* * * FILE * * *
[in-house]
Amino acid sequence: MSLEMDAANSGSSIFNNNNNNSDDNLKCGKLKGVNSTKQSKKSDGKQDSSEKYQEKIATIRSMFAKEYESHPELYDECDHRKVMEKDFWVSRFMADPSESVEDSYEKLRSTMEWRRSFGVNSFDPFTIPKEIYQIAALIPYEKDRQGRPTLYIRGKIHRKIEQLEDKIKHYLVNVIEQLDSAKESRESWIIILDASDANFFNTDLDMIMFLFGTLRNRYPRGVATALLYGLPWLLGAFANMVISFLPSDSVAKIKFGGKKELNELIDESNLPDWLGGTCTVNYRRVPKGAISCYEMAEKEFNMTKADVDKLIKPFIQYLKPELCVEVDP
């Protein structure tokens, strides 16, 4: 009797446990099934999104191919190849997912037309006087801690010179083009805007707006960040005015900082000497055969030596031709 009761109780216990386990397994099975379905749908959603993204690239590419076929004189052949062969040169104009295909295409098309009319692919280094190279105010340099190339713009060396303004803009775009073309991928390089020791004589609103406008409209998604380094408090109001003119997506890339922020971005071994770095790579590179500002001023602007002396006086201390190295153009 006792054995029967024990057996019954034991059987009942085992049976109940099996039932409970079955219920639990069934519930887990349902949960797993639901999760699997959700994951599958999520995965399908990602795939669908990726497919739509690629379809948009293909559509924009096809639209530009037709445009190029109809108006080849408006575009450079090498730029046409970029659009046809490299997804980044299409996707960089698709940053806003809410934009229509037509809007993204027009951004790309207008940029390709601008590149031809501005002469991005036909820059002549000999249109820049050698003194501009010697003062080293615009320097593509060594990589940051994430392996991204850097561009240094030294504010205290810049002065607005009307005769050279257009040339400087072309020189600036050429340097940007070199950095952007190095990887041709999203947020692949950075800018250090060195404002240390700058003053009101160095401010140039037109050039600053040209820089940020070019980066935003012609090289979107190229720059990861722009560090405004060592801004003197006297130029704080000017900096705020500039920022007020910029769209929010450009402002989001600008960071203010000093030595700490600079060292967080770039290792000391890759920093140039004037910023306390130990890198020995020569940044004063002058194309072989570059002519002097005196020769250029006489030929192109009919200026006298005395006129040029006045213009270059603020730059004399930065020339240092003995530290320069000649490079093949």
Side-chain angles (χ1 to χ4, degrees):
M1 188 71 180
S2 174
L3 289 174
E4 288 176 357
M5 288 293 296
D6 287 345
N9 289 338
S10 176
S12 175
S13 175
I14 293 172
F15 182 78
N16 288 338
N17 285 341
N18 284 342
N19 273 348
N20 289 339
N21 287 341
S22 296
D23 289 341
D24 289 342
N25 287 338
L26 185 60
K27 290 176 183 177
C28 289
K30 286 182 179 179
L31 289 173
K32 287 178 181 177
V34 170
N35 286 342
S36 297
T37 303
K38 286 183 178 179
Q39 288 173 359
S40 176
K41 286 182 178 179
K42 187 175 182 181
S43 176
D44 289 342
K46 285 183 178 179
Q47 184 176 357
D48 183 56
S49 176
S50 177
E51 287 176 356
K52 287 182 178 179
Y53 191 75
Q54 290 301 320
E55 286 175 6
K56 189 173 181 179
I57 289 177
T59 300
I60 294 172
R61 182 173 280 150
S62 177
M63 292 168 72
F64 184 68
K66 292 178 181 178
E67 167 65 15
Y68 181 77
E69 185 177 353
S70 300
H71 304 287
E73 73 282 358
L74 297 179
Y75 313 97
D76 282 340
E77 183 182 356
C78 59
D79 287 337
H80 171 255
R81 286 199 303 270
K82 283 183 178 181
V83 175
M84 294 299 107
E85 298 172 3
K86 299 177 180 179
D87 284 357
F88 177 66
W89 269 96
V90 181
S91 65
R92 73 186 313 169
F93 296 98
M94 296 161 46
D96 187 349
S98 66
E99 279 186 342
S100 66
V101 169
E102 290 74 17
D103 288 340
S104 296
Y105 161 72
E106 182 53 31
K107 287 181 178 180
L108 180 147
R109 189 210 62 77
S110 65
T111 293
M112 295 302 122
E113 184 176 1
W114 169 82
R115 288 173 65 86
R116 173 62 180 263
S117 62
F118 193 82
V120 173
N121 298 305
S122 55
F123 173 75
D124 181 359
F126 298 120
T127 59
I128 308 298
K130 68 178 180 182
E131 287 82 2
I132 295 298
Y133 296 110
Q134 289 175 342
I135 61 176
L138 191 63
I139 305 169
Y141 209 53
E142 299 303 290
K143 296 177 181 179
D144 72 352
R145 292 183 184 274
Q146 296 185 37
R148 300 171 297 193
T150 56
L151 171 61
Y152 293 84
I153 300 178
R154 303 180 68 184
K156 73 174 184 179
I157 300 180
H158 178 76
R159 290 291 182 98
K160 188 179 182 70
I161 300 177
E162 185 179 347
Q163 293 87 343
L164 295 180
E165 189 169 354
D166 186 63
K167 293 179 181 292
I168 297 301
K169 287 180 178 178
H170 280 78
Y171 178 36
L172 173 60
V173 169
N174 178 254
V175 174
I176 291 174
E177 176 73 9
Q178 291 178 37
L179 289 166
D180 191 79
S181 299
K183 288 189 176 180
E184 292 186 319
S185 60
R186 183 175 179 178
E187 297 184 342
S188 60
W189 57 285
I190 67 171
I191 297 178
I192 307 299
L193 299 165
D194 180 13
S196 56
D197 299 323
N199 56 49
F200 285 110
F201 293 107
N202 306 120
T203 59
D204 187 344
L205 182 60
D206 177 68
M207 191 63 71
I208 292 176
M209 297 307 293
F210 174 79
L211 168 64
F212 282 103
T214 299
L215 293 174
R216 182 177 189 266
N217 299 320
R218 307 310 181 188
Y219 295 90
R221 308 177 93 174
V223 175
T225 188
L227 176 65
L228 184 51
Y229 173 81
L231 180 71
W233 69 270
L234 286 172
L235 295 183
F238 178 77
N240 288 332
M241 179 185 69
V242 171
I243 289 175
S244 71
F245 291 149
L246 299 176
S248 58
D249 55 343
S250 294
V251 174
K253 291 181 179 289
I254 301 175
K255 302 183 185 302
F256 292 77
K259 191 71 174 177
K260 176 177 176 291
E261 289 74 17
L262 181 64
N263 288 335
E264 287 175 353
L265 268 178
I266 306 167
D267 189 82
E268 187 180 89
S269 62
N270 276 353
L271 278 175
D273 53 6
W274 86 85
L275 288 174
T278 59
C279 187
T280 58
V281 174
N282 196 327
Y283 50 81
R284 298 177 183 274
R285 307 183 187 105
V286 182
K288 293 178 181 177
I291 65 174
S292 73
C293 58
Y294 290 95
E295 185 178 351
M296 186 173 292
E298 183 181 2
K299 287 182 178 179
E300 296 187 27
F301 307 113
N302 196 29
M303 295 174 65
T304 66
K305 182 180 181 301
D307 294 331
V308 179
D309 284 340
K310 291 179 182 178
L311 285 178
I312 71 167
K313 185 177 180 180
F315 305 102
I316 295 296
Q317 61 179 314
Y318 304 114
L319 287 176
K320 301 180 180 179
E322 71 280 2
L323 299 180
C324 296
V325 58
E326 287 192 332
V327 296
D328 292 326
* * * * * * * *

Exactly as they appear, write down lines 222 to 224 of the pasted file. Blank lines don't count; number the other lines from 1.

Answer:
K253 291 181 179 289
I254 301 175
K255 302 183 185 302